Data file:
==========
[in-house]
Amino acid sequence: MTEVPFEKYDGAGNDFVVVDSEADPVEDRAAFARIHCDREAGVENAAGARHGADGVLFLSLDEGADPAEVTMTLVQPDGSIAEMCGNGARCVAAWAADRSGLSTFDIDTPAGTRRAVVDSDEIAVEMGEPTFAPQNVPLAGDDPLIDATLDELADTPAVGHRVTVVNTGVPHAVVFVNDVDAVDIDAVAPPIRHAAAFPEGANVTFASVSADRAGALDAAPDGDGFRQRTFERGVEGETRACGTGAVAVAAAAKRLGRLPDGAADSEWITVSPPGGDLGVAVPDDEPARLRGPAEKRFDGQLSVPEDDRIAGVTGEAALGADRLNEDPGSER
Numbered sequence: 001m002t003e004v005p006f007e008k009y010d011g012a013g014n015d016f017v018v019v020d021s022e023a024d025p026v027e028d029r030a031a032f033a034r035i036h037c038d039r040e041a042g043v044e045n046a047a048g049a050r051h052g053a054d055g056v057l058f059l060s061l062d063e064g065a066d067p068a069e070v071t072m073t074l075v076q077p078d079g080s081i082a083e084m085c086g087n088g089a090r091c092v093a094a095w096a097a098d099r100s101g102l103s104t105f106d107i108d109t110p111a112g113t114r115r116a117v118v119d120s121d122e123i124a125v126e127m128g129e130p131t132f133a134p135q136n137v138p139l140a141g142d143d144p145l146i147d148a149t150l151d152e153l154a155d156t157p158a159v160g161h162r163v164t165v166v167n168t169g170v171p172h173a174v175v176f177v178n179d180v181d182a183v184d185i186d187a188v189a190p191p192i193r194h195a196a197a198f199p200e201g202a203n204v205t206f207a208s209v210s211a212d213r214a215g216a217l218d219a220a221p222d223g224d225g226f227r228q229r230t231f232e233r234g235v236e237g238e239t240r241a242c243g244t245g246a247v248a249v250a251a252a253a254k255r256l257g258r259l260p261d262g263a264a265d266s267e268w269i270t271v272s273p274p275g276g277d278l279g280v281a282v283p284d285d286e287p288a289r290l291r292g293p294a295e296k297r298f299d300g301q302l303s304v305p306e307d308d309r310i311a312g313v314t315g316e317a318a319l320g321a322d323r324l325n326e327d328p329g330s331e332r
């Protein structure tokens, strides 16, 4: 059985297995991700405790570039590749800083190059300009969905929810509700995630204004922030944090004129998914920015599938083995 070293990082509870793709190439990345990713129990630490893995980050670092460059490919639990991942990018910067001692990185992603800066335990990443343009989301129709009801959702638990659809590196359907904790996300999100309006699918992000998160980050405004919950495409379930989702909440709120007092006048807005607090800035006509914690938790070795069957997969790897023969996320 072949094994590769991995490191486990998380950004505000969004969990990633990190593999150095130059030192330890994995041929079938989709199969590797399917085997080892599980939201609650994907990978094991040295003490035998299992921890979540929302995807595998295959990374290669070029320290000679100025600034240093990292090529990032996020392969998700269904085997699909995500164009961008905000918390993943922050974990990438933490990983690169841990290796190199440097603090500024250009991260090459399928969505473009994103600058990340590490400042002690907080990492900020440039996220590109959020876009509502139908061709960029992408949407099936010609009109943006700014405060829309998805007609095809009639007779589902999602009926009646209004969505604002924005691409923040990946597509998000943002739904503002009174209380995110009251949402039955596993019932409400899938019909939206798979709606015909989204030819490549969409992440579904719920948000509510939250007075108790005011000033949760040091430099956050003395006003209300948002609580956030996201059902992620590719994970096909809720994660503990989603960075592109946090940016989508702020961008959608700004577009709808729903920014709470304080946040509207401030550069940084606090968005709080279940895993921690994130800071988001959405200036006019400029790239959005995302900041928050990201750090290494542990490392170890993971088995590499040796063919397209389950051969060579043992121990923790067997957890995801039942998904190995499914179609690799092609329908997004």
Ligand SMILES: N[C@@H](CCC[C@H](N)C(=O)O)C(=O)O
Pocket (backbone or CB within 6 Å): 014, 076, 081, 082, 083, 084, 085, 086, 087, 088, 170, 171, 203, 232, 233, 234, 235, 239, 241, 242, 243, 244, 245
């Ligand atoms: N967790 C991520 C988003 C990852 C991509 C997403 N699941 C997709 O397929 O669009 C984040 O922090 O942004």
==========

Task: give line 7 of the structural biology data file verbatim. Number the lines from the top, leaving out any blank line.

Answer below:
């Ligand atoms: N967790 C991520 C988003 C990852 C991509 C997403 N699941 C997709 O397929 O669009 C984040 O922090 O942004």